An executive at agricultural lender AgAmerica Lending agreed: “This is going to drag through until Christmas, and possibly until the spring holidays like Easter. The supply chain is not going to get fixed anytime soon.”


High Costs

 How is the American public dealing with the increased costs? Reports conflict. British-run Daily Mail referenced a U.S. Commerce Department report on “the resilience of American consumers,” citing, for example, October sales increases in “e-commerce platforms” at “four percent,” among others. It also quoted an expert at Pantheon Macroeconomics: “We expect a blockbuster holiday season as people make up for lost time and begin to run down some of the $2.5 trillion in accumulated excess savings since the pandemic began.” 

Goldman Sachs was similarly optimistic, stating that pandemic “medical improvements” would “likely … support further recovery in sectors such as travel, entertainment, and office-adjacent consumption.” It additionally surmised, “But the more important factor is probably a reduction in fear among the vast majority of the population that is either already vaccinated or has no desire to get vaccinated under any circumstances, and consequently higher economic activity even when there is an outbreak.”

On the other hand, CBS News partnered with YouGov to produce a survey on the average American, with a “sample of 2,058 U.S. adult residents interviewed between November 15-19, 2021.” It found “a majority who call inflation ‘difficult’ or even a ‘hardship’ … rather than just an inconvenience, and [also that] those Americans report planning some kind of cutback, like delaying a big purchase, reducing gift purchases, or taking fewer trips. Seven in 10 say they’ll scale back holiday celebrations.”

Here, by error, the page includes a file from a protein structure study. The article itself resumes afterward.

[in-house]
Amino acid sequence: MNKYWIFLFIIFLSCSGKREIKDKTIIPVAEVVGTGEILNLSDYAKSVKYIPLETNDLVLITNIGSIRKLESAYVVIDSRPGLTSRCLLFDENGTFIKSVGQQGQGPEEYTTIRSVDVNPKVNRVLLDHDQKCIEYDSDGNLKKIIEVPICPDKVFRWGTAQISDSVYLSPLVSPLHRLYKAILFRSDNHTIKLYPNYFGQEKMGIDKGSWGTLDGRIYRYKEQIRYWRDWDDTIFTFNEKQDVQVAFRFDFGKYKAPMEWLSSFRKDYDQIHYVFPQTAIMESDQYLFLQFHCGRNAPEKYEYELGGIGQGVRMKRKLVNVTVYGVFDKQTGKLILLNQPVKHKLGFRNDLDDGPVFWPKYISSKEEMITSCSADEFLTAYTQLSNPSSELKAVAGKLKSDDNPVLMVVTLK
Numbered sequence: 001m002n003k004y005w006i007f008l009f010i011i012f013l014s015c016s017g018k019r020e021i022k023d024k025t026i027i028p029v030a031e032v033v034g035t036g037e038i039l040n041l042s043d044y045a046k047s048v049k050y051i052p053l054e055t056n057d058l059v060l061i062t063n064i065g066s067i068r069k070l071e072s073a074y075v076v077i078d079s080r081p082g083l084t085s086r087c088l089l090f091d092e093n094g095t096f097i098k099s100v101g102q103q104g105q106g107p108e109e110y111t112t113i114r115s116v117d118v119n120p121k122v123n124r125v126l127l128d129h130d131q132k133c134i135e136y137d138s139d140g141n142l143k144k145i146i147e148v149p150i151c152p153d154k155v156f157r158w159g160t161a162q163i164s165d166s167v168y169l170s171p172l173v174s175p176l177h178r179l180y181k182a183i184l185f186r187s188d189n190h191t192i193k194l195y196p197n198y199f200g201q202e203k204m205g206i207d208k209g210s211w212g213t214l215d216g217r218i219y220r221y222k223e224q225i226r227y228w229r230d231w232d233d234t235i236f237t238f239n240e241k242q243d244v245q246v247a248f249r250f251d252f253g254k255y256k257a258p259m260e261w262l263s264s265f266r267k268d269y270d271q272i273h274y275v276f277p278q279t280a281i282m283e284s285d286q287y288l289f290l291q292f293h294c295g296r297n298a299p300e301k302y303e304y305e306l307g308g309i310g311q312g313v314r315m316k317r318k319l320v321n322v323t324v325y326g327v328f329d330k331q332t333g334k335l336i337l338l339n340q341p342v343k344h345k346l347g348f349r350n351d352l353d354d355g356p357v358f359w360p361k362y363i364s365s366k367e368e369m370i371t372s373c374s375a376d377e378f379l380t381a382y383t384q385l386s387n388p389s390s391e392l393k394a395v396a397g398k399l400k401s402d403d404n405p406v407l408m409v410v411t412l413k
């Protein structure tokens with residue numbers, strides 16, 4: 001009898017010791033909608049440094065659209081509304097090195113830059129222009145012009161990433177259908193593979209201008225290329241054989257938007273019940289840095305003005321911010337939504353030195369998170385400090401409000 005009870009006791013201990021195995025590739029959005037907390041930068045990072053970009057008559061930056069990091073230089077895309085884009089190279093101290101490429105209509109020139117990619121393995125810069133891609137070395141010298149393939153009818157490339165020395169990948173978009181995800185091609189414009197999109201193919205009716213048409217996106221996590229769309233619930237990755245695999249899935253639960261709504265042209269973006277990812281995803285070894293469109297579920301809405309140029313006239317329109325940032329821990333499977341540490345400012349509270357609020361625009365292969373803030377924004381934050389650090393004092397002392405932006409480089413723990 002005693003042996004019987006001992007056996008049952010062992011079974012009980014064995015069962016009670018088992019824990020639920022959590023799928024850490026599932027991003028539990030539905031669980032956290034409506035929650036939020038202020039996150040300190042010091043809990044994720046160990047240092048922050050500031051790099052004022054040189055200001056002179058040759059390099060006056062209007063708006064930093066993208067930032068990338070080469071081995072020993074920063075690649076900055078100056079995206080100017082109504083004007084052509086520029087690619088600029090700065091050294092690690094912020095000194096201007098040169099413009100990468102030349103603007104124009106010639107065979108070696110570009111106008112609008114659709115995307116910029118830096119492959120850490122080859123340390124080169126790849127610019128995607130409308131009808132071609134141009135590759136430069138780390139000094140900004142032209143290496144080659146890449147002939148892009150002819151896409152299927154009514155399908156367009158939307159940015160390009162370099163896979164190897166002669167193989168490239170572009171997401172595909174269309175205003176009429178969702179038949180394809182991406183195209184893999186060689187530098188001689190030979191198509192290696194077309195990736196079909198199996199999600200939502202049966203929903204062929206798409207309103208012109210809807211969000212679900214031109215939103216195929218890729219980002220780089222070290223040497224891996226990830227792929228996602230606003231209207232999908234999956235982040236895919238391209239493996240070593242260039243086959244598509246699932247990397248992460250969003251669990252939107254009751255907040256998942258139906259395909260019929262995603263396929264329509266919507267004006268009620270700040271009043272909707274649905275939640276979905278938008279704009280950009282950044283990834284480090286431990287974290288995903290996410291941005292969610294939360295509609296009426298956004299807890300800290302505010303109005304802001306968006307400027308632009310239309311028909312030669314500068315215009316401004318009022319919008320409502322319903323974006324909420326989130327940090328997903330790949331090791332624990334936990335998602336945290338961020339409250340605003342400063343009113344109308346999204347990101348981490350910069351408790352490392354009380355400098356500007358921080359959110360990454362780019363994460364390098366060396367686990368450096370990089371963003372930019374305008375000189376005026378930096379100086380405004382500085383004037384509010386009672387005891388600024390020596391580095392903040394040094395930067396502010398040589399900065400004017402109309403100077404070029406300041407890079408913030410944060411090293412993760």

Do you feel like a rag that’s being squeezed tighter and tighter? Do you feel like you’re on a train careening headlong down an unfinished track? Does every new day bring more bad news, more anxiety, and no hope? To one who believes in God’s Word, you can get off that train—freely. You can look at these signs of the times not as an inescapable fate but as the darkness before the coming of a bright and eternal dawn.

Jesus warned us that economic issues would be one of the factors ushering in the final struggle between God’s remnant and the devil’s agencies: “that no one may buy or sell except one who has the mark or the name of the beast, or the number of his name” (Revelation 13:17). You can learn more from our free lesson “The Mark of Cain.” 

And while that day has not yet come, it soon will. As the apostle Paul urged, “Now is the day of salvation” (2 Corinthians 6:2). Now is the time to place yourself in the hands of the One who paid “The High Cost of the Cross” for you. 

Kris W. Sky
Kris W. Sky is a writer and editor for Amazing Facts International and other online and print publications.